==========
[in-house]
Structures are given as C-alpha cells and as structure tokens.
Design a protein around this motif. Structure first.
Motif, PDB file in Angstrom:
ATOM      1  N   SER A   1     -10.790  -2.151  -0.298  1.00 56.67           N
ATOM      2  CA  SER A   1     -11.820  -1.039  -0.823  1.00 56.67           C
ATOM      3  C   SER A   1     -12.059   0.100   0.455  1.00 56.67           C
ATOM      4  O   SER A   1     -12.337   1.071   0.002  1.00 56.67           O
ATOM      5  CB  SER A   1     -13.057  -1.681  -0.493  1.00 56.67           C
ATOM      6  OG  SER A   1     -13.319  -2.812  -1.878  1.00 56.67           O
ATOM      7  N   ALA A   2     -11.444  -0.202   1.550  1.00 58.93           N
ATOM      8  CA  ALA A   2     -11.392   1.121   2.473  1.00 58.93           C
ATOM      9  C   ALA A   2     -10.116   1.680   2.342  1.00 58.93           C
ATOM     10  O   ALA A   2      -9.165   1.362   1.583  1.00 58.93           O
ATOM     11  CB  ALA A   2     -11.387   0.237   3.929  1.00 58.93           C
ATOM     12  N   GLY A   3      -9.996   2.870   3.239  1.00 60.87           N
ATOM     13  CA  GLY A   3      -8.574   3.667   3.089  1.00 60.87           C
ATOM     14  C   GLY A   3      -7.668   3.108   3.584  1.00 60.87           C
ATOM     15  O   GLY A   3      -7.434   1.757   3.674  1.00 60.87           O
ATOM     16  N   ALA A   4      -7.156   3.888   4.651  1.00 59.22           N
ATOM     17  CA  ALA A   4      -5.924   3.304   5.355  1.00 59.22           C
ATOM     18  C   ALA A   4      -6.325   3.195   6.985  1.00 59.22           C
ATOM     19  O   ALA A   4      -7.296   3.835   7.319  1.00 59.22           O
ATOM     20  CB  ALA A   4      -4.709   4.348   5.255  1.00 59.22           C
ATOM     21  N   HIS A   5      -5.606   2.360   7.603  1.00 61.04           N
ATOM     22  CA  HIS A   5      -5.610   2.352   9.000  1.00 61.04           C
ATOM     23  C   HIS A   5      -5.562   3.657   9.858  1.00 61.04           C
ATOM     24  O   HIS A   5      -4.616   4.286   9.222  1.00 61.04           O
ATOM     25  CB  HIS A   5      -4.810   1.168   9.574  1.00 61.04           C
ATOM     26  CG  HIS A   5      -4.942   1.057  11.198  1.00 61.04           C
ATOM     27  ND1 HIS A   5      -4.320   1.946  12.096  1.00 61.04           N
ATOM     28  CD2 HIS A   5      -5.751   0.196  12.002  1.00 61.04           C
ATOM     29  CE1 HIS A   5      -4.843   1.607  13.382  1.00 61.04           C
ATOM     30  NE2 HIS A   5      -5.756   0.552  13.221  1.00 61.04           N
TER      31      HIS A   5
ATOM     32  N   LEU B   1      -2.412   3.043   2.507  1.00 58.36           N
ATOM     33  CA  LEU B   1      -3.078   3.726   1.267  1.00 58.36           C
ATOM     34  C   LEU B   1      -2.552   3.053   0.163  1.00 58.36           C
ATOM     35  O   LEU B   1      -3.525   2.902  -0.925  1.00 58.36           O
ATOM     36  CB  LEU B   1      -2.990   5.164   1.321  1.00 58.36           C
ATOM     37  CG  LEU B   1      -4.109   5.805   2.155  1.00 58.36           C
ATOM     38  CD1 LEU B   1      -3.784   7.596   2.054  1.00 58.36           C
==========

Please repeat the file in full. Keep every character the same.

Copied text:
[in-house]
Structures are given as C-alpha cells and as structure tokens.
Design a protein around this motif. Structure first.
Motif, PDB file in Angstrom:
ATOM      1  N   SER A   1     -10.790  -2.151  -0.298  1.00 56.67           N
ATOM      2  CA  SER A   1     -11.820  -1.039  -0.823  1.00 56.67           C
ATOM      3  C   SER A   1     -12.059   0.100   0.455  1.00 56.67           C
ATOM      4  O   SER A   1     -12.337   1.071   0.002  1.00 56.67           O
ATOM      5  CB  SER A   1     -13.057  -1.681  -0.493  1.00 56.67           C
ATOM      6  OG  SER A   1     -13.319  -2.812  -1.878  1.00 56.67           O
ATOM      7  N   ALA A   2     -11.444  -0.202   1.550  1.00 58.93           N
ATOM      8  CA  ALA A   2     -11.392   1.121   2.473  1.00 58.93           C
ATOM      9  C   ALA A   2     -10.116   1.680   2.342  1.00 58.93           C
ATOM     10  O   ALA A   2      -9.165   1.362   1.583  1.00 58.93           O
ATOM     11  CB  ALA A   2     -11.387   0.237   3.929  1.00 58.93           C
ATOM     12  N   GLY A   3      -9.996   2.870   3.239  1.00 60.87           N
ATOM     13  CA  GLY A   3      -8.574   3.667   3.089  1.00 60.87           C
ATOM     14  C   GLY A   3      -7.668   3.108   3.584  1.00 60.87           C
ATOM     15  O   GLY A   3      -7.434   1.757   3.674  1.00 60.87           O
ATOM     16  N   ALA A   4      -7.156   3.888   4.651  1.00 59.22           N
ATOM     17  CA  ALA A   4      -5.924   3.304   5.355  1.00 59.22           C
ATOM     18  C   ALA A   4      -6.325   3.195   6.985  1.00 59.22           C
ATOM     19  O   ALA A   4      -7.296   3.835   7.319  1.00 59.22           O
ATOM     20  CB  ALA A   4      -4.709   4.348   5.255  1.00 59.22           C
ATOM     21  N   HIS A   5      -5.606   2.360   7.603  1.00 61.04           N
ATOM     22  CA  HIS A   5      -5.610   2.352   9.000  1.00 61.04           C
ATOM     23  C   HIS A   5      -5.562   3.657   9.858  1.00 61.04           C
ATOM     24  O   HIS A   5      -4.616   4.286   9.222  1.00 61.04           O
ATOM     25  CB  HIS A   5      -4.810   1.168   9.574  1.00 61.04           C
ATOM     26  CG  HIS A   5      -4.942   1.057  11.198  1.00 61.04           C
ATOM     27  ND1 HIS A   5      -4.320   1.946  12.096  1.00 61.04           N
ATOM     28  CD2 HIS A   5      -5.751   0.196  12.002  1.00 61.04           C
ATOM     29  CE1 HIS A   5      -4.843   1.607  13.382  1.00 61.04           C
ATOM     30  NE2 HIS A   5      -5.756   0.552  13.221  1.00 61.04           N
TER      31      HIS A   5
ATOM     32  N   LEU B   1      -2.412   3.043   2.507  1.00 58.36           N
ATOM     33  CA  LEU B   1      -3.078   3.726   1.267  1.00 58.36           C
ATOM     34  C   LEU B   1      -2.552   3.053   0.163  1.00 58.36           C
ATOM     35  O   LEU B   1      -3.525   2.902  -0.925  1.00 58.36           O
ATOM     36  CB  LEU B   1      -2.990   5.164   1.321  1.00 58.36           C
ATOM     37  CG  LEU B   1      -4.109   5.805   2.155  1.00 58.36           C
ATOM     38  CD1 LEU B   1      -3.784   7.596   2.054  1.00 58.36           C